Dar es Salaam — The government has stressed the need for engagement of more health stakeholders in the application of efficient strategies to prevent HIV/Aids to children.
Speaking yesterday at the launch of the 2018-2022 strategic plan of the Ariel Glaser Pediatric Aids Healthcare Initiative (AGPAHI) themed ‘No child with Aids’, the executive director of the Tanzania Commission for Aids (Tacaids), Dr Leonard Maboko, said more emphasis and strategies were required to prevent further mother-to-child transmission.
“We need to efficiently embark on preventing HIV/Aids transmission to our children, meaning that as we emphasize on the use of ARVs to already infected mothers, we also have to mobilise them to continue testing for the sake of protecting their children,” he said.
Dr Maboko said that most people, especially pregnant women, were well informed of proper ARV use, but did not how to protect their newborn babies.
“Ninety per cent of pregnant mothers are aware of their HIV/Aids status out of which 98 per cent are under ARVs but not aware of how to protect their children,” he said.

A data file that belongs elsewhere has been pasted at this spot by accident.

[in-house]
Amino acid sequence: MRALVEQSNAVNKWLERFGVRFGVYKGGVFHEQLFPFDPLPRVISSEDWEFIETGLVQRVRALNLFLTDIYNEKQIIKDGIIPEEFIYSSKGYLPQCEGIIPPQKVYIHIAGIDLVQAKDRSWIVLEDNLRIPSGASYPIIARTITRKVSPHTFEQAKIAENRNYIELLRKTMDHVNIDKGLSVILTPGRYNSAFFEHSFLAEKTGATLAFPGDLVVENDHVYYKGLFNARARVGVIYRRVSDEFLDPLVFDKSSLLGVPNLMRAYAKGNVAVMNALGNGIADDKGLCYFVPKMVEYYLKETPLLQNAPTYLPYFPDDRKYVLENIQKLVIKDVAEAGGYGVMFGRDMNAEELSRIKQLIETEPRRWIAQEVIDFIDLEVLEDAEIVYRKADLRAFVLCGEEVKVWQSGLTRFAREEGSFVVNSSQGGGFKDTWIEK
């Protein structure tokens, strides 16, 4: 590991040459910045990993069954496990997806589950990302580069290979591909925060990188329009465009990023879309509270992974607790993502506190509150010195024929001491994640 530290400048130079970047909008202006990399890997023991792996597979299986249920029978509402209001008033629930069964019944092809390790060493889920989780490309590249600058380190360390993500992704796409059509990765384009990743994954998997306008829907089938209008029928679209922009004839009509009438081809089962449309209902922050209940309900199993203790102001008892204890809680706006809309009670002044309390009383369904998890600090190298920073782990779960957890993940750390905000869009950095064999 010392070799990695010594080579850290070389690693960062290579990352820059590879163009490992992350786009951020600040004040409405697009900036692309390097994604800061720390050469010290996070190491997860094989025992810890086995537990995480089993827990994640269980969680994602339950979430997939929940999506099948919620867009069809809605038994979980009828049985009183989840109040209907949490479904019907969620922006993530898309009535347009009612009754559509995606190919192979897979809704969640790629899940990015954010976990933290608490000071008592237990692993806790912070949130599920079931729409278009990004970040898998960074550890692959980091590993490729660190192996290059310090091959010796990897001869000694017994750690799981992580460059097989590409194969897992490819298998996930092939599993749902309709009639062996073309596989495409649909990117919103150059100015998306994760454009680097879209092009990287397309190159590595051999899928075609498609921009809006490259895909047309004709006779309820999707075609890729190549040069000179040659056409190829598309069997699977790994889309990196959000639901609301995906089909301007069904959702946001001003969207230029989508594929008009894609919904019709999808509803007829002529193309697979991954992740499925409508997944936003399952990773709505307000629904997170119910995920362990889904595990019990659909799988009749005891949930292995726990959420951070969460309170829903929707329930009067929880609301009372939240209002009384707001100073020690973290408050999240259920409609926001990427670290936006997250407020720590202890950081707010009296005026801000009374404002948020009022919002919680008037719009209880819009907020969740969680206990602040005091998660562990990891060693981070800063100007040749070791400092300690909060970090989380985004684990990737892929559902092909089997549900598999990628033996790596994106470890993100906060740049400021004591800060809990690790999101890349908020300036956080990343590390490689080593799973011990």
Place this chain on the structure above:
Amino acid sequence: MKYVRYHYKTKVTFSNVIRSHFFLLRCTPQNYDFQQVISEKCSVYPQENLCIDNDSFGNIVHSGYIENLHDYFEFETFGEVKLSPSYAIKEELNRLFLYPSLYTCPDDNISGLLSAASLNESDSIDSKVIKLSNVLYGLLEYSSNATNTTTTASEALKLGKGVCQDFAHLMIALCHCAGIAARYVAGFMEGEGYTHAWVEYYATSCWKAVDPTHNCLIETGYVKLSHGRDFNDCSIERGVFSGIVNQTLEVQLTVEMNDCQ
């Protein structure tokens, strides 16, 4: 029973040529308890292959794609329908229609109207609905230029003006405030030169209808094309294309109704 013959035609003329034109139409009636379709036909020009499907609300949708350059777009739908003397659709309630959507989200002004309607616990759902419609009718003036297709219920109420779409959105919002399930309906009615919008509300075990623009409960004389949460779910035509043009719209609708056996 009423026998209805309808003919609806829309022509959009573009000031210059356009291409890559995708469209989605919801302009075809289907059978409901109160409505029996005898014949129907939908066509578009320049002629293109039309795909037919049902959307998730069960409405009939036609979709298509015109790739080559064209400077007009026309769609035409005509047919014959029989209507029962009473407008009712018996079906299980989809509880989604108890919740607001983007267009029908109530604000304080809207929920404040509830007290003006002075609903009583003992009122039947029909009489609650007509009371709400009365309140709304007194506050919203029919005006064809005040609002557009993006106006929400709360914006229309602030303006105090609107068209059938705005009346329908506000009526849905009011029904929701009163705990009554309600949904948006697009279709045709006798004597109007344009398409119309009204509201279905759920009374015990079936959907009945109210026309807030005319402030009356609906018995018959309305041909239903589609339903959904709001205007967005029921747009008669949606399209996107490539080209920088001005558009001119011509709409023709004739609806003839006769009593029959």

He also appreciated AGPAHI’s endeavour to attain standards and national goals by coming up with a strategic plan focusing on preventing infections to children.
“The government is pleased with this new plan and will always support its implementation to ensure that no child is prone to Aids in future,” said Dr Maboko.
For her part, the executive director of AGPAHI, Dr Sekela Mwakyusa, said that the plan provided a road-map for the institution to build its successes and be dedicated to delivering high-quality HIV/Aids services in the country.
“Our five-year strategic plan is remarkable as it will capitalise on opportunities that are conducive to the existing socio-economic environment by exploiting appropriate interventions that will connect children, families and their communities,” she said.
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Publish date : 2019-02-01 09:52:23